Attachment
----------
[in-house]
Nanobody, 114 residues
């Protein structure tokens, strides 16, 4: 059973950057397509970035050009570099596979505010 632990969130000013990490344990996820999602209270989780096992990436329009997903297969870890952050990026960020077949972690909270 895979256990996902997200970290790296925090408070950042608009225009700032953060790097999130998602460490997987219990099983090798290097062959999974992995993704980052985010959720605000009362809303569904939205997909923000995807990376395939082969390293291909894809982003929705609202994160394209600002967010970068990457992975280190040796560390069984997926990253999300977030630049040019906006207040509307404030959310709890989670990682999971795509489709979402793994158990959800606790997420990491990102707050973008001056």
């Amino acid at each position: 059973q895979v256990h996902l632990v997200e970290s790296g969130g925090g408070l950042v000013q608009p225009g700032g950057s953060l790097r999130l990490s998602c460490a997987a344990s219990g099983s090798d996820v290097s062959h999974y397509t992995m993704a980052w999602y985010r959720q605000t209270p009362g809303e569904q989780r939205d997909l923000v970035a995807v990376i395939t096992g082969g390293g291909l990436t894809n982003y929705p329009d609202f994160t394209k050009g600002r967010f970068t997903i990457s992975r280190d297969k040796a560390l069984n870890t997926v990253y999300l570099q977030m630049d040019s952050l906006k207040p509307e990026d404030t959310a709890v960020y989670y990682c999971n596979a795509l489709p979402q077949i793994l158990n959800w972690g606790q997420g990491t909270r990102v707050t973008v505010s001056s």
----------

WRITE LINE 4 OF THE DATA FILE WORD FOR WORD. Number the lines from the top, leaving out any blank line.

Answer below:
């Amino acid at each position: 059973q895979v256990h996902l632990v997200e970290s790296g969130g925090g408070l950042v000013q608009p225009g700032g950057s953060l790097r999130l990490s998602c460490a997987a344990s219990g099983s090798d996820v290097s062959h999974y397509t992995m993704a980052w999602y985010r959720q605000t209270p009362g809303e569904q989780r939205d997909l923000v970035a995807v990376i395939t096992g082969g390293g291909l990436t894809n982003y929705p329009d609202f994160t394209k050009g600002r967010f970068t997903i990457s992975r280190d297969k040796a560390l069984n870890t997926v990253y999300l570099q977030m630049d040019s952050l906006k207040p509307e990026d404030t959310a709890v960020y989670y990682c999971n596979a795509l489709p979402q077949i793994l158990n959800w972690g606790q997420g990491t909270r990102v707050t973008v505010s001056s």